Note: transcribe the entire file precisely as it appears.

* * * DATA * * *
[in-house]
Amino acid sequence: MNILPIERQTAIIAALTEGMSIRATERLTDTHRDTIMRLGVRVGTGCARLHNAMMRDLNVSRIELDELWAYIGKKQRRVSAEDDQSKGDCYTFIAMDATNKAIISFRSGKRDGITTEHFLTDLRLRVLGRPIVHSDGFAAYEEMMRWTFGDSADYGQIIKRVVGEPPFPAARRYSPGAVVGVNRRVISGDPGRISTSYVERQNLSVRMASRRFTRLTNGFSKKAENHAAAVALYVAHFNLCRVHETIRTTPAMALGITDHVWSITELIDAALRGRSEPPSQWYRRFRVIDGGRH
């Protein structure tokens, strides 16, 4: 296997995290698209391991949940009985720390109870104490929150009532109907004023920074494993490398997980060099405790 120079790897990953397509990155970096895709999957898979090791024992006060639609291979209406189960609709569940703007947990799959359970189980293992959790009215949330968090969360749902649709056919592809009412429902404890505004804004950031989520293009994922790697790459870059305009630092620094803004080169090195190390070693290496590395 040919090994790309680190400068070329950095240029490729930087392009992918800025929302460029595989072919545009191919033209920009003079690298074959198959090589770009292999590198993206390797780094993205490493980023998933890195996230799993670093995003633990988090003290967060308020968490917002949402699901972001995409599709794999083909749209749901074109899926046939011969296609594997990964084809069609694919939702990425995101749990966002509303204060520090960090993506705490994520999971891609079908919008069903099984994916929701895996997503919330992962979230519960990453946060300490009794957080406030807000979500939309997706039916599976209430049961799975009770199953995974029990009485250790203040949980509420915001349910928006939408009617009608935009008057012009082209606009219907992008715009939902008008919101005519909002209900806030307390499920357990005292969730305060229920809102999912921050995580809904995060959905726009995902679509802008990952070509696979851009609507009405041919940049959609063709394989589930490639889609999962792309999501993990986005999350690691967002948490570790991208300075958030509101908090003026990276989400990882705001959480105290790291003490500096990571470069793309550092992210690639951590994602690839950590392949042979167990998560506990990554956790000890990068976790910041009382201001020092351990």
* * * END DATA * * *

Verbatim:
[in-house]
Amino acid sequence: MNILPIERQTAIIAALTEGMSIRATERLTDTHRDTIMRLGVRVGTGCARLHNAMMRDLNVSRIELDELWAYIGKKQRRVSAEDDQSKGDCYTFIAMDATNKAIISFRSGKRDGITTEHFLTDLRLRVLGRPIVHSDGFAAYEEMMRWTFGDSADYGQIIKRVVGEPPFPAARRYSPGAVVGVNRRVISGDPGRISTSYVERQNLSVRMASRRFTRLTNGFSKKAENHAAAVALYVAHFNLCRVHETIRTTPAMALGITDHVWSITELIDAALRGRSEPPSQWYRRFRVIDGGRH
């Protein structure tokens, strides 16, 4: 296997995290698209391991949940009985720390109870104490929150009532109907004023920074494993490398997980060099405790 120079790897990953397509990155970096895709999957898979090791024992006060639609291979209406189960609709569940703007947990799959359970189980293992959790009215949330968090969360749902649709056919592809009412429902404890505004804004950031989520293009994922790697790459870059305009630092620094803004080169090195190390070693290496590395 040919090994790309680190400068070329950095240029490729930087392009992918800025929302460029595989072919545009191919033209920009003079690298074959198959090589770009292999590198993206390797780094993205490493980023998933890195996230799993670093995003633990988090003290967060308020968490917002949402699901972001995409599709794999083909749209749901074109899926046939011969296609594997990964084809069609694919939702990425995101749990966002509303204060520090960090993506705490994520999971891609079908919008069903099984994916929701895996997503919330992962979230519960990453946060300490009794957080406030807000979500939309997706039916599976209430049961799975009770199953995974029990009485250790203040949980509420915001349910928006939408009617009608935009008057012009082209606009219907992008715009939902008008919101005519909002209900806030307390499920357990005292969730305060229920809102999912921050995580809904995060959905726009995902679509802008990952070509696979851009609507009405041919940049959609063709394989589930490639889609999962792309999501993990986005999350690691967002948490570790991208300075958030509101908090003026990276989400990882705001959480105290790291003490500096990571470069793309550092992210690639951590994602690839950590392949042979167990998560506990990554956790000890990068976790910041009382201001020092351990």